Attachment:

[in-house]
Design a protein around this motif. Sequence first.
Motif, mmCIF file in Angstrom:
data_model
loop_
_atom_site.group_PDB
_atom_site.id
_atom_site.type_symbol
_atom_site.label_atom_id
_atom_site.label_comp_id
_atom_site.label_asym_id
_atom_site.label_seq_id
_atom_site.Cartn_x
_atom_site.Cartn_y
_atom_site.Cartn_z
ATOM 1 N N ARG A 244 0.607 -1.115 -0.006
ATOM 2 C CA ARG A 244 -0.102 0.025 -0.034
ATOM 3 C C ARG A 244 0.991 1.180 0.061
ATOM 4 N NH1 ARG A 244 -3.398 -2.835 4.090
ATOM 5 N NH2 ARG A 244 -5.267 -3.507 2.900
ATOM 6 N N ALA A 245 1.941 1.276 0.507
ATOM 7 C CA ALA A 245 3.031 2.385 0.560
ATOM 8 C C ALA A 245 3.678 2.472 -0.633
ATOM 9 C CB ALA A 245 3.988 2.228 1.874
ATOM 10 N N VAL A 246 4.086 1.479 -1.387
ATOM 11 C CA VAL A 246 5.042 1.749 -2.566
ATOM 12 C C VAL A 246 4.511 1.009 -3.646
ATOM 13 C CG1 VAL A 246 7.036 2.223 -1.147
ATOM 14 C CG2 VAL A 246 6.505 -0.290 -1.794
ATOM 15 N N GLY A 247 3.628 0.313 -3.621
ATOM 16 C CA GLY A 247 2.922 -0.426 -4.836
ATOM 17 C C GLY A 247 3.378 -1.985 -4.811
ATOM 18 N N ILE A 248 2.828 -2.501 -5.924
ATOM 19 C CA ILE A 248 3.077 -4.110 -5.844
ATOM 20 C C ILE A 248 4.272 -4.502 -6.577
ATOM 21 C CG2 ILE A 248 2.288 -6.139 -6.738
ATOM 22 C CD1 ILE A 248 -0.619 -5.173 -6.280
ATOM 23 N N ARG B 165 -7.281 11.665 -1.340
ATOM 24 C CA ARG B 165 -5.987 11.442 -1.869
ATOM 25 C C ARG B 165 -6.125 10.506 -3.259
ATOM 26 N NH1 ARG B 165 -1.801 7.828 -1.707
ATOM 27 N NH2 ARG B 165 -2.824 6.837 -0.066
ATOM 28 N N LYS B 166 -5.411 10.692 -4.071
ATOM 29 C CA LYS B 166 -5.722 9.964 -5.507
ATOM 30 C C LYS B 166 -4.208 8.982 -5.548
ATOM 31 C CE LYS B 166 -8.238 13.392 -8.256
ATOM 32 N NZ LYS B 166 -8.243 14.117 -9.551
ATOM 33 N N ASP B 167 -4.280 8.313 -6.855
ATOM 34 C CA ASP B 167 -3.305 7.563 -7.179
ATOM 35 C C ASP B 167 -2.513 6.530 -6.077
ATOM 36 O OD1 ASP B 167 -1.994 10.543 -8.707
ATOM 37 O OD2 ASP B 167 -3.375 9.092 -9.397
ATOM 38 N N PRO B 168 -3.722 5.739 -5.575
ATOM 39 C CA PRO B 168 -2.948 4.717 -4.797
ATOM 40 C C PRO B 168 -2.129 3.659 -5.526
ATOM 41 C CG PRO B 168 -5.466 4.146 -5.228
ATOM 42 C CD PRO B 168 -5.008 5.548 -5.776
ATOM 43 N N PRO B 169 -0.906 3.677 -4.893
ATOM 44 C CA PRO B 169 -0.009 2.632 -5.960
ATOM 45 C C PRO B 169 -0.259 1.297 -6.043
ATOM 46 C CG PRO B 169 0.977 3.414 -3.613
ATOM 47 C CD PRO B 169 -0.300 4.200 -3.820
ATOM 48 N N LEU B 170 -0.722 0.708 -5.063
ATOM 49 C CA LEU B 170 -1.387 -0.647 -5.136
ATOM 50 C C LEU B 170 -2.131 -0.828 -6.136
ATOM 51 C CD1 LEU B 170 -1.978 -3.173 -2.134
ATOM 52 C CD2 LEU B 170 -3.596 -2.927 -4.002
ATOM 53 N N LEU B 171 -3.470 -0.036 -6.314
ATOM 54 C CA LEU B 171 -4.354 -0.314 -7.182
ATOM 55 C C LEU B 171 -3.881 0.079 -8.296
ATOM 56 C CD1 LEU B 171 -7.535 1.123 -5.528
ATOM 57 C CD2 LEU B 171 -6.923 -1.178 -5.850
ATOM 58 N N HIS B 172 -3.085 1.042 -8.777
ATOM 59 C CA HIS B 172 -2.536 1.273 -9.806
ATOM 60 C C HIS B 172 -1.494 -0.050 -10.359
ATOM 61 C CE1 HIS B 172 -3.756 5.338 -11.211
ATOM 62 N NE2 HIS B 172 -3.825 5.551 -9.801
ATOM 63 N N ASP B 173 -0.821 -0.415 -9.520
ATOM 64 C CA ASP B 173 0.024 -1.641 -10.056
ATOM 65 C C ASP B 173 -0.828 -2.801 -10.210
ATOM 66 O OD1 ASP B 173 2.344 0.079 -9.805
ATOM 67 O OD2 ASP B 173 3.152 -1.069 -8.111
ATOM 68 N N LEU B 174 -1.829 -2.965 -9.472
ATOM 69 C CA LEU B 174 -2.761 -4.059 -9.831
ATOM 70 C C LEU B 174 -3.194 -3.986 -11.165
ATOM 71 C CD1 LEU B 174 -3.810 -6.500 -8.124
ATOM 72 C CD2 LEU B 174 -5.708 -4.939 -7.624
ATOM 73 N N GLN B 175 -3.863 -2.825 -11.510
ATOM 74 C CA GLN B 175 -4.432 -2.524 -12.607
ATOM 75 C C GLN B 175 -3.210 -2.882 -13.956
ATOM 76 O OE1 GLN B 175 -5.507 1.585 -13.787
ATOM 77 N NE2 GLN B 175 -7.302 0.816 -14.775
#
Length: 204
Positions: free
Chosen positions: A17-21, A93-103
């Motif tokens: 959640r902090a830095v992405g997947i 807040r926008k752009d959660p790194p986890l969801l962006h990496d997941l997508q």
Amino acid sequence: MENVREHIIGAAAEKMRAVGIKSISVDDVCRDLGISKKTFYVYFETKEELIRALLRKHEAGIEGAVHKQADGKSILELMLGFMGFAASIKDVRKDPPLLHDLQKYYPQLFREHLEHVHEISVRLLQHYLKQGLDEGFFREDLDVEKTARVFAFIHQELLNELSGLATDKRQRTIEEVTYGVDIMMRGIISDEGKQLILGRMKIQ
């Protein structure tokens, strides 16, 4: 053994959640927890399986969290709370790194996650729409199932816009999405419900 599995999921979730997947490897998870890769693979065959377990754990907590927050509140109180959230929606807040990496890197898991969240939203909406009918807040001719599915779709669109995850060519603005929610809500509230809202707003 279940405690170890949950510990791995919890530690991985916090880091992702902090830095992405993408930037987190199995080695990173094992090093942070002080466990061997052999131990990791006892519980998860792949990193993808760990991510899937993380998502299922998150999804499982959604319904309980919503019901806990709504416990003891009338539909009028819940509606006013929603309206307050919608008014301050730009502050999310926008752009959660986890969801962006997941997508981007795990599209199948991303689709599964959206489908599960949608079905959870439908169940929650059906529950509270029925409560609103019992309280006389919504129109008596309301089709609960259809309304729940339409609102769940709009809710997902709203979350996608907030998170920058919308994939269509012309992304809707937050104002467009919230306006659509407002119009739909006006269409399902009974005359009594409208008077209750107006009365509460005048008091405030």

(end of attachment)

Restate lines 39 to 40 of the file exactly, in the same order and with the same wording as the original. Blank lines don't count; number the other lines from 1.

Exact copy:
ATOM 24 C CA ARG B 165 -5.987 11.442 -1.869
ATOM 25 C C ARG B 165 -6.125 10.506 -3.259